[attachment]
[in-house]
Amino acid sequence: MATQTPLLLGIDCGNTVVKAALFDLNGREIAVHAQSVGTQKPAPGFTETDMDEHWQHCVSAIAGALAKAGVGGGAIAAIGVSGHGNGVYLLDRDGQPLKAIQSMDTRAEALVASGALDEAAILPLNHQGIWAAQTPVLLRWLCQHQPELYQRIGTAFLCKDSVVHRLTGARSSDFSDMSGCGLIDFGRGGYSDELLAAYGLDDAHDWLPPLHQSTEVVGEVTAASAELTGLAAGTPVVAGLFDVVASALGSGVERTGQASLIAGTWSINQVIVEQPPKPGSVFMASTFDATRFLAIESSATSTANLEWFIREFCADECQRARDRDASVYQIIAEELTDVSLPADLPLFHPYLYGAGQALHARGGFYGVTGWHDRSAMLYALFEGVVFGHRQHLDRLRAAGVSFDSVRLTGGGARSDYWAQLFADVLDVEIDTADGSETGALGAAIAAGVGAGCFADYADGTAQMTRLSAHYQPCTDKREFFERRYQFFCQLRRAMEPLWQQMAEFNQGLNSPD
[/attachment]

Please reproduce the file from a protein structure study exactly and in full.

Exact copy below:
[in-house]
Amino acid sequence: MATQTPLLLGIDCGNTVVKAALFDLNGREIAVHAQSVGTQKPAPGFTETDMDEHWQHCVSAIAGALAKAGVGGGAIAAIGVSGHGNGVYLLDRDGQPLKAIQSMDTRAEALVASGALDEAAILPLNHQGIWAAQTPVLLRWLCQHQPELYQRIGTAFLCKDSVVHRLTGARSSDFSDMSGCGLIDFGRGGYSDELLAAYGLDDAHDWLPPLHQSTEVVGEVTAASAELTGLAAGTPVVAGLFDVVASALGSGVERTGQASLIAGTWSINQVIVEQPPKPGSVFMASTFDATRFLAIESSATSTANLEWFIREFCADECQRARDRDASVYQIIAEELTDVSLPADLPLFHPYLYGAGQALHARGGFYGVTGWHDRSAMLYALFEGVVFGHRQHLDRLRAAGVSFDSVRLTGGGARSDYWAQLFADVLDVEIDTADGSETGALGAAIAAGVGAGCFADYADGTAQMTRLSAHYQPCTDKREFFERRYQFFCQLRRAMEPLWQQMAEFNQGLNSPD